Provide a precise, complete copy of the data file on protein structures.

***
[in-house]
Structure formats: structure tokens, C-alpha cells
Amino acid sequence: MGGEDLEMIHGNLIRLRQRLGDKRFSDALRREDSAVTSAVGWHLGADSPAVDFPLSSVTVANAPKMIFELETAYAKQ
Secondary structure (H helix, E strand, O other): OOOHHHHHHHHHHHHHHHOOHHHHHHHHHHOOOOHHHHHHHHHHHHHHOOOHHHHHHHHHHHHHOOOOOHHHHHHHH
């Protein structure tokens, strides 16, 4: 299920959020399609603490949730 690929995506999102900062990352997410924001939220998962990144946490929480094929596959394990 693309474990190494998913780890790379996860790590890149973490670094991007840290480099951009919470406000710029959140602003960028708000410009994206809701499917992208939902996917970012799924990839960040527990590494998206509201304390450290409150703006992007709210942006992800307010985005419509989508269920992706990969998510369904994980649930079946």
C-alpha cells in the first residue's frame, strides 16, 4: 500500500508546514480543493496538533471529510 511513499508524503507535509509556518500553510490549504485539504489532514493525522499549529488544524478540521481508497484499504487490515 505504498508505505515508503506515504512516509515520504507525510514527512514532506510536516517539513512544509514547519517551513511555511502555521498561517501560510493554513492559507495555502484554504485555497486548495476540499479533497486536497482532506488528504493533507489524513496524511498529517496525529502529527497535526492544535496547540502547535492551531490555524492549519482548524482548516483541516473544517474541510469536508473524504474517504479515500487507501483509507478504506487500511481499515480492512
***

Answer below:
[in-house]
Structure formats: structure tokens, C-alpha cells
Amino acid sequence: MGGEDLEMIHGNLIRLRQRLGDKRFSDALRREDSAVTSAVGWHLGADSPAVDFPLSSVTVANAPKMIFELETAYAKQ
Secondary structure (H helix, E strand, O other): OOOHHHHHHHHHHHHHHHOOHHHHHHHHHHOOOOHHHHHHHHHHHHHHOOOHHHHHHHHHHHHHOOOOOHHHHHHHH
């Protein structure tokens, strides 16, 4: 299920959020399609603490949730 690929995506999102900062990352997410924001939220998962990144946490929480094929596959394990 693309474990190494998913780890790379996860790590890149973490670094991007840290480099951009919470406000710029959140602003960028708000410009994206809701499917992208939902996917970012799924990839960040527990590494998206509201304390450290409150703006992007709210942006992800307010985005419509989508269920992706990969998510369904994980649930079946």
C-alpha cells in the first residue's frame, strides 16, 4: 500500500508546514480543493496538533471529510 511513499508524503507535509509556518500553510490549504485539504489532514493525522499549529488544524478540521481508497484499504487490515 505504498508505505515508503506515504512516509515520504507525510514527512514532506510536516517539513512544509514547519517551513511555511502555521498561517501560510493554513492559507495555502484554504485555497486548495476540499479533497486536497482532506488528504493533507489524513496524511498529517496525529502529527497535526492544535496547540502547535492551531490555524492549519482548524482548516483541516473544517474541510469536508473524504474517504479515500487507501483509507478504506487500511481499515480492512